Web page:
Monro-Kellie doctrine


The Monro-Kellie doctrine or hypothesis states that the sum of volumes of brain, cerebrospinal fluid (CSF) and intracerebral blood is constant. An increase in one should cause a reciprocal decrease in either one or both of the remaining two.

The doctrine is fundamental to our understanding of the negative effect of raised intracranial pressure on the brain.


1783 – Alexander Monro secundus published his observations on the structure and functioning of the nervous system. Given that the skull is a rigid compartment and the brain is “nearly incompressible”, Monro concluded that the amount of blood inside the skull should remain stable in normal and pathological conditions.

For, as the substance of the brain, like that of the other solids of our body, is nearly incompressible, the quantity of blood within the head must be the same, or very nearly the same, at all times, whether in health or disease, in life or after death, those cases only excepted, in which water or other matter is effused or secreted from the blood-vessels; for in these, a quantity of blood* equal in bulk to the effused matter, will be pressed out of the cranium.

[Monro, secundus 1783]

1824George Kellie was an Edinburgh based surgeon and former student of Monro. His contribution to the doctrine stems from papers he published on the post mortem examination of two individuals that were found deceased in Leith the morning after a winter storm.

The circulation within the head is, in truth, of a very peculiar description. The brain itself, little compressible, is contained within a firm and unyielding case of bone, which it exactly fills and by which it is defended from the weight and pressure of the atmosphere (…) a force, therefore, that must be constantly operating to maintain the plenitude of the vascular system within the head. If these premises be true, it does not appear very conceivable how any portion of the circulating fluid can ever be withdrawn from the cranium, without its place being simultaneously occupied by some equivalent; or how any thing new or exuberant can be intruded, without an equivalent displacement.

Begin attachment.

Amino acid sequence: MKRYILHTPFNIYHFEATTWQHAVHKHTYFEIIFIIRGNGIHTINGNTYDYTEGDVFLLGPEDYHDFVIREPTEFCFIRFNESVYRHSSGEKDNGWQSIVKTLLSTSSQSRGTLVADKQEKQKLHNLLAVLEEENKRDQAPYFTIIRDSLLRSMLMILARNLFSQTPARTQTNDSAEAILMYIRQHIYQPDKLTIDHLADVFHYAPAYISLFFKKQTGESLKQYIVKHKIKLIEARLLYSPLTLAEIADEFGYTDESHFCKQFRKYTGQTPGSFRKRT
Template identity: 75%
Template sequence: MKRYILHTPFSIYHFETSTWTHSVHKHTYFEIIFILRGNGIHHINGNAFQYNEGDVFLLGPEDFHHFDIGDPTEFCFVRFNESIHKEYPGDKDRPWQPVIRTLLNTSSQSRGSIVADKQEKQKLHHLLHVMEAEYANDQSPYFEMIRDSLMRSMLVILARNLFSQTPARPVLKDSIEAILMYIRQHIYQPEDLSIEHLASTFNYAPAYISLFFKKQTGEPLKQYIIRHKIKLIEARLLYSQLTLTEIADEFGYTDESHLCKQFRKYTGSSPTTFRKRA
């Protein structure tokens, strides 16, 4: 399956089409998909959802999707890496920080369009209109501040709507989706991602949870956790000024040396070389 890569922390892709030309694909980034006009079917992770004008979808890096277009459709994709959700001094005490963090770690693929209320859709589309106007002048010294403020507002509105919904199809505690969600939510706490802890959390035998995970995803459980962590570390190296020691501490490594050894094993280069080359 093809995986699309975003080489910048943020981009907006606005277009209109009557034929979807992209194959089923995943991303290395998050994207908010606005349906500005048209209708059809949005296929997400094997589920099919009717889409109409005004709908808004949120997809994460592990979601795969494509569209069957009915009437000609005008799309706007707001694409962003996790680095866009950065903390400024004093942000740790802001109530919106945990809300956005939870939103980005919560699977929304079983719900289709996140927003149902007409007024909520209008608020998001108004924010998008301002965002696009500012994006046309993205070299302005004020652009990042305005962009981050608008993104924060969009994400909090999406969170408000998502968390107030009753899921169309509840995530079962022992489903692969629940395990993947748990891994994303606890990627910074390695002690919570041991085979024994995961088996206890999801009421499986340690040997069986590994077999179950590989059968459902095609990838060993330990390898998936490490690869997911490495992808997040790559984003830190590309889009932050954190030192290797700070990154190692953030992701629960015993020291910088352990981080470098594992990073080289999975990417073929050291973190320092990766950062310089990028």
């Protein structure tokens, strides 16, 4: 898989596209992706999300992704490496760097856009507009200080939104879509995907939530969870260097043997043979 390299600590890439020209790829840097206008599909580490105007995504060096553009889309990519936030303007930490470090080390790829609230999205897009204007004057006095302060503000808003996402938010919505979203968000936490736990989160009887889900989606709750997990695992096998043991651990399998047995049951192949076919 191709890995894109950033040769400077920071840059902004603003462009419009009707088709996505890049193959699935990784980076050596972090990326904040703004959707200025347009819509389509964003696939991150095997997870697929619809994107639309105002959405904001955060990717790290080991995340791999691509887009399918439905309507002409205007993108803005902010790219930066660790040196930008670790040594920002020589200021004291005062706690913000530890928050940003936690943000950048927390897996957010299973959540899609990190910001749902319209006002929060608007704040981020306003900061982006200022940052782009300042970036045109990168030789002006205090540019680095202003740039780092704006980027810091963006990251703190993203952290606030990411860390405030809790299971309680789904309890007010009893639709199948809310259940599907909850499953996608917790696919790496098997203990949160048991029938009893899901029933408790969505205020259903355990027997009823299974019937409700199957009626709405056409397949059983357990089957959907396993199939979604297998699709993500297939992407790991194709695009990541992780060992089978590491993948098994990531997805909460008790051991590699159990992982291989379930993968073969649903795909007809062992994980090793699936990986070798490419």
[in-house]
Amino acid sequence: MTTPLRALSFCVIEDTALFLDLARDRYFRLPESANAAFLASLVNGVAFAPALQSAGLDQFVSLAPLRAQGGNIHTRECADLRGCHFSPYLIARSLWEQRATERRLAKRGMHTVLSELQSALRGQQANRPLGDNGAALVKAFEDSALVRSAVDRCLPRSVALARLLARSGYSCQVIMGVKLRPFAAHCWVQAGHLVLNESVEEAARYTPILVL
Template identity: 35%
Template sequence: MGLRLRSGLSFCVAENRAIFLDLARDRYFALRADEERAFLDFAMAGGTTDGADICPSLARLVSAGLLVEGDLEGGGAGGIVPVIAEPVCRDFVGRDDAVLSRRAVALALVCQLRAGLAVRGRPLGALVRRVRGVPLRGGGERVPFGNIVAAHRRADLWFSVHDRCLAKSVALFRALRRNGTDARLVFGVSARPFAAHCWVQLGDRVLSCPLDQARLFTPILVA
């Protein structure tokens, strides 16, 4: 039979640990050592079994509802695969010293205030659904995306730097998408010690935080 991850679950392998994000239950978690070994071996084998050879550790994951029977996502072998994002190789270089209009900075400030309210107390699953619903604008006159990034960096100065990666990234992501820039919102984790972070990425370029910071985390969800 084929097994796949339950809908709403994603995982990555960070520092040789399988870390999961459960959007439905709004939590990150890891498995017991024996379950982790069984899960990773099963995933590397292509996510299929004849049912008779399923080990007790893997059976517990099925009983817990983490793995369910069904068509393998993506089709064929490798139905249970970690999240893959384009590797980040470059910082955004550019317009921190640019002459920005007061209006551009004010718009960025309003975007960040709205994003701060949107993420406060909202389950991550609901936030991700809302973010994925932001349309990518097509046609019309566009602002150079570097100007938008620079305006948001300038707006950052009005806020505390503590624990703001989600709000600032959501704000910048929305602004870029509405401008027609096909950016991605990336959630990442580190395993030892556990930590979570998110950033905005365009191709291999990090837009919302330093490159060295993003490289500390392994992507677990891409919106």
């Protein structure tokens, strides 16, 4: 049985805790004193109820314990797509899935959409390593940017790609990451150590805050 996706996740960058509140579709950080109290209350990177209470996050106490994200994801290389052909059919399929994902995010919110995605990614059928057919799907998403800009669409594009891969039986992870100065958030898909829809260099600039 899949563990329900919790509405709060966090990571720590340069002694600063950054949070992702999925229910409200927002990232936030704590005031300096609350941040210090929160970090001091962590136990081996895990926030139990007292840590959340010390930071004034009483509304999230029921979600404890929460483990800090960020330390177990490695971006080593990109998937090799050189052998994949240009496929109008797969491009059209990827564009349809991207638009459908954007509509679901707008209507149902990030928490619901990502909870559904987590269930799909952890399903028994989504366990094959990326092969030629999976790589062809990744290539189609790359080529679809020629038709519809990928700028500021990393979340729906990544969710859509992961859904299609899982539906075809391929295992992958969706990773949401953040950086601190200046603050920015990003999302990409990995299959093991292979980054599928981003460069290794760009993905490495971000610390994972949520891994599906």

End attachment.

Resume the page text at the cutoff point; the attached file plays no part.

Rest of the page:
[Kellie, 1824]

1846 – Burrows introduced some changes to this hypothesis in his book On the disorders of the cerebral circulation, postulating that cerebral blood volume may vary but only to the benefit or the detriment of brain and CSF volumes

Associated Persons


the names behind the name

Studied at the University of Oxford - BA BM BCh. British doctor working in Emergency Medicine in Poole, Dorset. Special interests include respiratory medicine, critical care, and wilderness medicine.

BA MA (Oxon) MBChB (Edin) FACEM FFSEM. Emergency physician, Sir Charles Gairdner Hospital.  Passion for rugby; medical history; medical education; and asynchronous learning #FOAMed evangelist. Co-founder and CTO of Life in the Fast lane | Eponyms | Books | Twitter |

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